That is the final form. You need a total of 3 forms, so I would do the numebrs seperate. \(−6x^4y^5 − 15x^3y^2 + 9x^2y^3\) <-- Form 1 \(−6x^{4-2}y^{5-2} − 15x^{3-2}y^{2-2} + 9x^{2-2}y^{3-2}\) \(x^2y^2(−6x^2y^3 − 15x + 9y)\) <-- Form 2 \(x^2y^2(−(3\cdot 2)x^2y^3 − (3\cdot 5)x + (3\cdot 3)y)\) \(3x^2y^2(−2x^2y^3 − 5x + 3y)\) <-- Form 3
e.mccormick
  • e.mccormick
That is for the "Rewrite that polynomial in two other equivalent forms. Explain how each form was created." part of the instructions. Form 1 is original. 2 is variables factored out. 3 is you took form 2 and also factored out the constants.
anonymous
  • anonymous
Oh, thank you so much :D So, I sorta just solved the whole thing but throughout my steps there where the forms?
e.mccormick
  • e.mccormick
Exactly!
anonymous
  • anonymous
I get it now, do you think you could help with one more? I feel as if it is much simpler
e.mccormick
  • e.mccormick
Sure.
anonymous
  • anonymous
15x^4 + 9x^3 +8x
e.mccormick
  • e.mccormick
OK. So, you need to factor this, right?
anonymous
  • anonymous
Yes, and i think you would take out the x , correct? since its x^1?
e.mccormick
  • e.mccormick
Yep!
anonymous
  • anonymous
I need help with this next step
e.mccormick
  • e.mccormick
Which next step?
anonymous
  • anonymous
When you subtract from the exponents
e.mccormick
  • e.mccormick
Well, because it is just one x, you remove one from each of the exponents of x. The x alone just disappears.
anonymous
  • anonymous
So, it would now be 15x^4-^1 +9x^3-^1
e.mccormick
  • e.mccormick
Almost. The 8 still stays there... just the x goes away. \(x(15x^{4-1} + 9x^{3-1} +8x^{1-1})\)
anonymous
  • anonymous
Oh, haha i forgot about the 8
e.mccormick
  • e.mccormick
=) And after the subtraction, that is: \(x(15x^3 + 9x^2 +8)\) So, anything else you can factor?
anonymous
  • anonymous
x^2
e.mccormick
  • e.mccormick
You already factored the x out of the 8, so you can't really factor x more.
anonymous
  • anonymous
Then what can i factor? The constant?
e.mccormick
  • e.mccormick
Well, are there any common factors in the constants?
anonymous
  • anonymous
I would say no, right?
e.mccormick
  • e.mccormick
Correct! Now, I do not know if you are doing things like (v+2)(v-5), but it will not factor that way.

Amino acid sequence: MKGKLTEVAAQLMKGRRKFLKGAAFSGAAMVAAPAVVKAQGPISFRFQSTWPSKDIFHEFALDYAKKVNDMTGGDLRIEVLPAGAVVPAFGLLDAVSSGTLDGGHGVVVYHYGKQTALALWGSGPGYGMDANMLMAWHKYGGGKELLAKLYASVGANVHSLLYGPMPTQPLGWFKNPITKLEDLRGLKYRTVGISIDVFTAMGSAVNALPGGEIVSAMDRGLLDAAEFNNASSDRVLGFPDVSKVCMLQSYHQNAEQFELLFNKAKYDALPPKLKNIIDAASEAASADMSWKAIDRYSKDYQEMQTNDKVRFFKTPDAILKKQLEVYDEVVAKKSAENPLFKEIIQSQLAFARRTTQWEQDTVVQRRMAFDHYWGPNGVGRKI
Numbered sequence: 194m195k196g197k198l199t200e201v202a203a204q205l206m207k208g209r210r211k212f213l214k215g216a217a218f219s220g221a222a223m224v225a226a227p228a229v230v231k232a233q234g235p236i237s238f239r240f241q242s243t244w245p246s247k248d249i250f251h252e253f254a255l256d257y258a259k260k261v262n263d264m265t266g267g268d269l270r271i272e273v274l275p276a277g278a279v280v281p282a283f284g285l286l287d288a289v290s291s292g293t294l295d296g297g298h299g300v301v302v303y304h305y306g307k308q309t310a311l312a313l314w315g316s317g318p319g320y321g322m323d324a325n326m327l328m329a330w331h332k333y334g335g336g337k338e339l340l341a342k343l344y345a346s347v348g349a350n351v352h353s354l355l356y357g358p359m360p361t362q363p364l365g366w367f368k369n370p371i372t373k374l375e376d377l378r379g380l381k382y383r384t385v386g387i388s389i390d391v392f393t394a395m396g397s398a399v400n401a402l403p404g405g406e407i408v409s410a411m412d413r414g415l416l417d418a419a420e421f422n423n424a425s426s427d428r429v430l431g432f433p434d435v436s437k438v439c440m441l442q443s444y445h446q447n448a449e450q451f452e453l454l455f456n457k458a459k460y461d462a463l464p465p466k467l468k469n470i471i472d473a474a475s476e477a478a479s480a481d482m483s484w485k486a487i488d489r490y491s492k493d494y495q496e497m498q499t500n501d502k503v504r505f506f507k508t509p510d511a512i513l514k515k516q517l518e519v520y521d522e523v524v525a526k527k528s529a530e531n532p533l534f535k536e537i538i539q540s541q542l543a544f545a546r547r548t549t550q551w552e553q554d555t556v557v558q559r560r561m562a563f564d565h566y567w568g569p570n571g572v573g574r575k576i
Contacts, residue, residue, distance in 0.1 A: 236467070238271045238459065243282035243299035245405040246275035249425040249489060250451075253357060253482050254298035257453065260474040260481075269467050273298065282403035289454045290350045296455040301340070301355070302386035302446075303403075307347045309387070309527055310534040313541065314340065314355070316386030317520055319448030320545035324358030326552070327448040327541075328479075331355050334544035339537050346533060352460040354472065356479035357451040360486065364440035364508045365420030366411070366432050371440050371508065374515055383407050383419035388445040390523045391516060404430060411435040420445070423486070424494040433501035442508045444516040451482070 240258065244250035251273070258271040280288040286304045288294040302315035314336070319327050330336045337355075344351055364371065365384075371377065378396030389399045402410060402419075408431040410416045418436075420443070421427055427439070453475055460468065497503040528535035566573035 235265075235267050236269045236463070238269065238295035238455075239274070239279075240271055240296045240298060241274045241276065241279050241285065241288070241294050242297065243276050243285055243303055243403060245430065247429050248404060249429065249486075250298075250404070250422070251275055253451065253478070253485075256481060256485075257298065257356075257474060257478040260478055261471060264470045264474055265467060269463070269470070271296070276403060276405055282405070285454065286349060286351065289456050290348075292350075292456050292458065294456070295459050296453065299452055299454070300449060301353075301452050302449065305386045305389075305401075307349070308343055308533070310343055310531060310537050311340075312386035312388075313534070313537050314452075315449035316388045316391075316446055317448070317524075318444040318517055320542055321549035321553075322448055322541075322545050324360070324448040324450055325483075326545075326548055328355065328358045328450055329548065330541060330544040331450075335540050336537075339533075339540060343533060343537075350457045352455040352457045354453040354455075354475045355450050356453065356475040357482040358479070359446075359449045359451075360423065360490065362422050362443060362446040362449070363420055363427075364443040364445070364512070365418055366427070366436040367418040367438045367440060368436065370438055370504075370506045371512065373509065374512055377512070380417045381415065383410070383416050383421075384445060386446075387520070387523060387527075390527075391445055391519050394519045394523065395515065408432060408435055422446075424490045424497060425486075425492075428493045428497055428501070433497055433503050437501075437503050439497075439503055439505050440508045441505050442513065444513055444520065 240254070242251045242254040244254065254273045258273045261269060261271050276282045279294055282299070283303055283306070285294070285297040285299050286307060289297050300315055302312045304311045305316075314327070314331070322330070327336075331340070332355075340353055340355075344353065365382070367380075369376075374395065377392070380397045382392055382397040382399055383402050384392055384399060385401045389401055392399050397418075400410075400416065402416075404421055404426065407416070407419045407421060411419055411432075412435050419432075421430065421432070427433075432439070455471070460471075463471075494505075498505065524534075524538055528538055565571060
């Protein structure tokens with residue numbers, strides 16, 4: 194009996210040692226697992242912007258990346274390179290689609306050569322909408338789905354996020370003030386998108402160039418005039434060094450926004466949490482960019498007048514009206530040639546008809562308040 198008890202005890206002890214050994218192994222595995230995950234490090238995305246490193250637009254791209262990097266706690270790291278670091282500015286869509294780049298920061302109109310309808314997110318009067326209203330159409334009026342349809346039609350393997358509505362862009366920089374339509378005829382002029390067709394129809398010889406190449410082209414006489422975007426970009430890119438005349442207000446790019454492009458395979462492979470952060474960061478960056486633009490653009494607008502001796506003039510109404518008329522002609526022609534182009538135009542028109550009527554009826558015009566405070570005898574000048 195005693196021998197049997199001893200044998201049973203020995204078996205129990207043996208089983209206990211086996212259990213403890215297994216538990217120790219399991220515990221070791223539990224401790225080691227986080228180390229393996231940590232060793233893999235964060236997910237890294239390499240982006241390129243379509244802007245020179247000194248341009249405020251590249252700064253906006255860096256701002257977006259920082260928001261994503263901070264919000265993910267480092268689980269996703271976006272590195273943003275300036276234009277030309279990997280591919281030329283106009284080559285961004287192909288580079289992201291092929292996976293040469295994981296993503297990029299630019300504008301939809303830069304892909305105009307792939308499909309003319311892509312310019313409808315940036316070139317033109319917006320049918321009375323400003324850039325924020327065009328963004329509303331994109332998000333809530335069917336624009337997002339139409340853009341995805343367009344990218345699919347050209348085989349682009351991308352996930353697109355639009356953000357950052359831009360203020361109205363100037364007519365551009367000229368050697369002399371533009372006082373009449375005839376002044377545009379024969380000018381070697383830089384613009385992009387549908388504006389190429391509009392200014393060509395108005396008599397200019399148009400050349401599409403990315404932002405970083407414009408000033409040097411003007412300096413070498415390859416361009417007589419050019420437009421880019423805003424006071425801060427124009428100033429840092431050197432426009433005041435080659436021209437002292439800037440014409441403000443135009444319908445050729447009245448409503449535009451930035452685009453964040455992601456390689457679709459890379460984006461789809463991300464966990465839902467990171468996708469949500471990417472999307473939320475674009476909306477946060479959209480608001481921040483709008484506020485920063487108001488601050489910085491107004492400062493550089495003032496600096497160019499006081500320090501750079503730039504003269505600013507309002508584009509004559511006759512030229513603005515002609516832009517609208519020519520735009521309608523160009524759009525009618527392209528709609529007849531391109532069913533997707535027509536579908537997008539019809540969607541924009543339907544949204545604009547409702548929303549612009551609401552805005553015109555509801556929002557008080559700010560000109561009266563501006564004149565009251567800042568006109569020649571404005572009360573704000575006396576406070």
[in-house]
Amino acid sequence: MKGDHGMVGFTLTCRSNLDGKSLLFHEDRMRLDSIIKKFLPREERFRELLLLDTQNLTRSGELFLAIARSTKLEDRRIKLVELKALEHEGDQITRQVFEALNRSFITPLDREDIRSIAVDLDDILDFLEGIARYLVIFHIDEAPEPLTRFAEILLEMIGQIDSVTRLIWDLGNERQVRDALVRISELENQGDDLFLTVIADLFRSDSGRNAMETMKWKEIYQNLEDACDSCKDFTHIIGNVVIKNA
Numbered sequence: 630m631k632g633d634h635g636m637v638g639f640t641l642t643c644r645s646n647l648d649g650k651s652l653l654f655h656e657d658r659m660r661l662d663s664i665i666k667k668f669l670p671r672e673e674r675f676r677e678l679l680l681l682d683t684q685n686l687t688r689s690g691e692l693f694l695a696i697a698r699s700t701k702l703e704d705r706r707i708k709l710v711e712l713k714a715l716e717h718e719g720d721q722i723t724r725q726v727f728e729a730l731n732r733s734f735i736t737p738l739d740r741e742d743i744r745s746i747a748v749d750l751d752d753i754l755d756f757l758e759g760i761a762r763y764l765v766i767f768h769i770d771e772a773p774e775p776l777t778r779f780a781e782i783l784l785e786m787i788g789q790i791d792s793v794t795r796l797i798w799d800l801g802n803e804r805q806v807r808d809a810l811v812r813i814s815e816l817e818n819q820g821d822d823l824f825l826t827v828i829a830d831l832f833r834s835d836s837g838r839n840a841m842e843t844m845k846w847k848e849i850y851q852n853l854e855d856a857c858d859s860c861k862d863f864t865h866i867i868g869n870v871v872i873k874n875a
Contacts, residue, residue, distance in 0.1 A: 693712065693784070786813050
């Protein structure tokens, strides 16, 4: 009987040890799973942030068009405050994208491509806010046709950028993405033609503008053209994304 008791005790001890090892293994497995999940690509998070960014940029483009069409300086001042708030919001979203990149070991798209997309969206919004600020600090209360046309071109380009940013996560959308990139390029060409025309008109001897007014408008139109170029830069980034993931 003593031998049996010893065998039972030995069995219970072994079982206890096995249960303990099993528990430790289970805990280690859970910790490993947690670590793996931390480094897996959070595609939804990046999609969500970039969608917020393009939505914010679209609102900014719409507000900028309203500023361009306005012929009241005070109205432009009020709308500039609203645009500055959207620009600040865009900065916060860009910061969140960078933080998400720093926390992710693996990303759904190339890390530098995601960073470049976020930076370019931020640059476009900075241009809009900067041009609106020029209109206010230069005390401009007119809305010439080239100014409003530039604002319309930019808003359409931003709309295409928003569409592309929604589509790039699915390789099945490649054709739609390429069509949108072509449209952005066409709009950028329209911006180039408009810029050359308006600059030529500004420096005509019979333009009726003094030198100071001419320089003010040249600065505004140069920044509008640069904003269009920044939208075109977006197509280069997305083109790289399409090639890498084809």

anonymous
  • anonymous
I messed something up actually, the 9x^3 is supposed to be 9y^3.
e.mccormick
  • e.mccormick
So really: \(15x^4 + 9x^3 +8x\) \(x(15x^{4-1} + 9x^{3-1} +8x^{1-1})\) \(x(15x^3 + 9x^2 +8)\) That is it... no common constants, no \((x\pm h ) (x\pm k ) \), etc.
e.mccormick
  • e.mccormick
Oops.... Hmmm.... well... that would make it different.
e.mccormick
  • e.mccormick
So it is? \(15x^4 + 9y^3 +8x\)
anonymous
  • anonymous
correct
e.mccormick
  • e.mccormick
Hmmm... well, there is no GCF at all in that.
anonymous
  • anonymous
Since I made this equation I could keep the variable x
anonymous
  • anonymous
Sorry, I got disconnected
e.mccormick
  • e.mccormick
Yah, we all did. Well: \(15x^4 + 9y^3 +8x\) \(3(5x^4 + 3y^3) +8x\) \(15x^4+8x + 9y^3 \) \(x(15x^3+8) + 9y^3 \) None of that makes for anything that would really factor out of the whole thing. BUT, you could do that whole work it in reverse thing I talked about. What if I take \(15x^4 + 9y^3 +8x\) and do this: \(2x^2y(15x^4 + 9y^3 +8x)\) Now you can just multiply the things in to get the other forms.
anonymous
  • anonymous
What would I multiply again?
e.mccormick
  • e.mccormick
Well, it works the opposite way. Instead of subtracting from exponents, you add. Let me show with just the y: \(2x^2y(15x^4 + 9y^3 +8x)\) \(2x^2(15x^4y^{0+1} + 9y^{3+1} +8xy^{0+1})\) \(2x^2(15x^4y^{1} + 9y^{4} +8xy^{1})\) \(2x^2(15x^4y + 9y^{4} +8xy)\)
e.mccormick
  • e.mccormick
Why I did y^[0+1] os because originally there is no y, so 0, and I am adding 1. If you get the concept, you can just add a y where there was no y before. I just wanted to show it with all possible steps so you would get the concept.
anonymous
  • anonymous
So, the y then goes next to the other variables except the one in front?
e.mccormick
  • e.mccormick
It starts out in front. Then I multiply it through all the terms. If the term has a y alread (middle term) I add to the exponent. If it does not have a y already, it gets a y.
e.mccormick
  • e.mccormick
And after I multiply it, it is no longer out front....
anonymous
  • anonymous
Oh okay, I see! Thanks for helping me =)
e.mccormick
  • e.mccormick
Nasty lag at the moment... You can do the same basic thing with the x^2 and then the 2. Each time it is less and less factored, but has the same value/meaning because you are just multiplying.

Looking for something else?

Not the answer you are looking for? Search for more explanations.